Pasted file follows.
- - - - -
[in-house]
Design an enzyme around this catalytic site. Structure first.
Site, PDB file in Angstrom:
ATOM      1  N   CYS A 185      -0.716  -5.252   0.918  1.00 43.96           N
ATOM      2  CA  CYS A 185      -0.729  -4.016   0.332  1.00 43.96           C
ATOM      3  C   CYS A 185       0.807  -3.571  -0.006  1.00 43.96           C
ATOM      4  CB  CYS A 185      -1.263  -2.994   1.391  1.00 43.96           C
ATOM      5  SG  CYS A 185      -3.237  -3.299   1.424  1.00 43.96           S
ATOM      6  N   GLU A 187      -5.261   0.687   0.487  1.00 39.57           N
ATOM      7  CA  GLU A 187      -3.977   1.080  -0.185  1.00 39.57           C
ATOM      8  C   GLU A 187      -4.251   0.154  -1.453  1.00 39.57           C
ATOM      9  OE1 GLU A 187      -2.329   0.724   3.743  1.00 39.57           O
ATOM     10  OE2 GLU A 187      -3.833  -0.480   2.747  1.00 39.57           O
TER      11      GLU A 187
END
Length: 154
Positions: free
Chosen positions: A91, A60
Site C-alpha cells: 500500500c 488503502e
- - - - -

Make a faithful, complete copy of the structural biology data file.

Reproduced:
[in-house]
Design an enzyme around this catalytic site. Structure first.
Site, PDB file in Angstrom:
ATOM      1  N   CYS A 185      -0.716  -5.252   0.918  1.00 43.96           N
ATOM      2  CA  CYS A 185      -0.729  -4.016   0.332  1.00 43.96           C
ATOM      3  C   CYS A 185       0.807  -3.571  -0.006  1.00 43.96           C
ATOM      4  CB  CYS A 185      -1.263  -2.994   1.391  1.00 43.96           C
ATOM      5  SG  CYS A 185      -3.237  -3.299   1.424  1.00 43.96           S
ATOM      6  N   GLU A 187      -5.261   0.687   0.487  1.00 39.57           N
ATOM      7  CA  GLU A 187      -3.977   1.080  -0.185  1.00 39.57           C
ATOM      8  C   GLU A 187      -4.251   0.154  -1.453  1.00 39.57           C
ATOM      9  OE1 GLU A 187      -2.329   0.724   3.743  1.00 39.57           O
ATOM     10  OE2 GLU A 187      -3.833  -0.480   2.747  1.00 39.57           O
TER      11      GLU A 187
END
Length: 154
Positions: free
Chosen positions: A91, A60
Site C-alpha cells: 500500500c 488503502e